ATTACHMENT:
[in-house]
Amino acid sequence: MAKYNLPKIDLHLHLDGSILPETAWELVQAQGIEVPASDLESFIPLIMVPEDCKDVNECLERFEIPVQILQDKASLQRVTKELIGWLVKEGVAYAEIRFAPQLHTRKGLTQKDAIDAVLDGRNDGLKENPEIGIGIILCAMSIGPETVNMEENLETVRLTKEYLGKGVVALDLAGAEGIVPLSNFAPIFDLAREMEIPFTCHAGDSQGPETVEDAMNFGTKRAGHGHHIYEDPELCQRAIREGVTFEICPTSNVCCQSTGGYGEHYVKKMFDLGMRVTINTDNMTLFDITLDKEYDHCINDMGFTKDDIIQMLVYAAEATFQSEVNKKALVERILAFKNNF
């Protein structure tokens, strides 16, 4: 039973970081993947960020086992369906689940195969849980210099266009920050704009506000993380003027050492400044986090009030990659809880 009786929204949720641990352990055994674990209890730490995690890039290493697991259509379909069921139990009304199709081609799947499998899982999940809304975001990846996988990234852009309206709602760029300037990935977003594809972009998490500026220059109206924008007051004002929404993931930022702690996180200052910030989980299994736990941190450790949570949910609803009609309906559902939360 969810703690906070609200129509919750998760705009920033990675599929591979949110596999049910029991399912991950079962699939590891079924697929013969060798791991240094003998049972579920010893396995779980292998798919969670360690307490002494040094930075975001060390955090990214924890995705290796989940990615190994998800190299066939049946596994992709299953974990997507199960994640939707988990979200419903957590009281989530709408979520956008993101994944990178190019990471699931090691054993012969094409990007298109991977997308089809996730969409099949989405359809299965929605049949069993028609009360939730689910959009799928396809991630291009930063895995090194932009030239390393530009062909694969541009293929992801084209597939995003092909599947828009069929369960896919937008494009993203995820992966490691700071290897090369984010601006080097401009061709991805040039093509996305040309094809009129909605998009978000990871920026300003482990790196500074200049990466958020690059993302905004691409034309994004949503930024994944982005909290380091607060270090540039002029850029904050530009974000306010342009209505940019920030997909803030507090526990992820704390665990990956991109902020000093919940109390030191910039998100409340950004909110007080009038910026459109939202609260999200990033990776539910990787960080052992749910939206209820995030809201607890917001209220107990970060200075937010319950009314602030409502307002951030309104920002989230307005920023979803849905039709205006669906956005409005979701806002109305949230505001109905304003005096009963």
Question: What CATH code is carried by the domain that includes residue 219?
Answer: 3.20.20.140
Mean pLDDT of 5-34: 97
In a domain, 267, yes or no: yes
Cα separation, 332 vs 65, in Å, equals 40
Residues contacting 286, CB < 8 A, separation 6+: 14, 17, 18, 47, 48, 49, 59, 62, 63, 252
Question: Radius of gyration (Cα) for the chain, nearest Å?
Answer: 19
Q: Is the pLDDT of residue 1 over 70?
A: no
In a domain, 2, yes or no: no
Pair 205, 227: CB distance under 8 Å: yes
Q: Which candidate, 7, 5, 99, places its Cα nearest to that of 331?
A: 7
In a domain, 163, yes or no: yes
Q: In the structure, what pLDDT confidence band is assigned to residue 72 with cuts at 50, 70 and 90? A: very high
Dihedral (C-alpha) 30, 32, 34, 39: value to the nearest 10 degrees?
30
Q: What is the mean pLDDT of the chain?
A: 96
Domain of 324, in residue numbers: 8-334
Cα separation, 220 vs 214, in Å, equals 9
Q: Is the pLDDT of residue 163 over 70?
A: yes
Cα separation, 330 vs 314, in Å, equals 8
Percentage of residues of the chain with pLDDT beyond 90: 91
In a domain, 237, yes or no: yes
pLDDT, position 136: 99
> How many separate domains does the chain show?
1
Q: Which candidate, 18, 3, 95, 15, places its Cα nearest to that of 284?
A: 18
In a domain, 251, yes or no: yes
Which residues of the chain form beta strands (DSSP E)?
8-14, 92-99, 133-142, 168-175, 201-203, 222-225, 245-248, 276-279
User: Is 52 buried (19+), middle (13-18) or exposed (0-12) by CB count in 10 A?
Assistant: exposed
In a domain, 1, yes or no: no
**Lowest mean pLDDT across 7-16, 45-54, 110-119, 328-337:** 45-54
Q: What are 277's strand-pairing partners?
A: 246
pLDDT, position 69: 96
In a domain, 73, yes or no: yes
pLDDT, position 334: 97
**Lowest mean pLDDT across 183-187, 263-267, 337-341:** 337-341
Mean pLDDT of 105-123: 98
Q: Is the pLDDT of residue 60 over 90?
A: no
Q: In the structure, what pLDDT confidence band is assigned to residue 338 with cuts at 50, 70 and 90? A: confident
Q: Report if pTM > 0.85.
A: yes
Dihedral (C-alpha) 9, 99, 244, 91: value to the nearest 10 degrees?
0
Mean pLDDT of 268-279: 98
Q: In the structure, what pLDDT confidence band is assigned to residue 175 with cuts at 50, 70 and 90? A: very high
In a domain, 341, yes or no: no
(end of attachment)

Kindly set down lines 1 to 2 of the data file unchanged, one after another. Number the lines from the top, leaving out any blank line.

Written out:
[in-house]
Amino acid sequence: MAKYNLPKIDLHLHLDGSILPETAWELVQAQGIEVPASDLESFIPLIMVPEDCKDVNECLERFEIPVQILQDKASLQRVTKELIGWLVKEGVAYAEIRFAPQLHTRKGLTQKDAIDAVLDGRNDGLKENPEIGIGIILCAMSIGPETVNMEENLETVRLTKEYLGKGVVALDLAGAEGIVPLSNFAPIFDLAREMEIPFTCHAGDSQGPETVEDAMNFGTKRAGHGHHIYEDPELCQRAIREGVTFEICPTSNVCCQSTGGYGEHYVKKMFDLGMRVTINTDNMTLFDITLDKEYDHCINDMGFTKDDIIQMLVYAAEATFQSEVNKKALVERILAFKNNF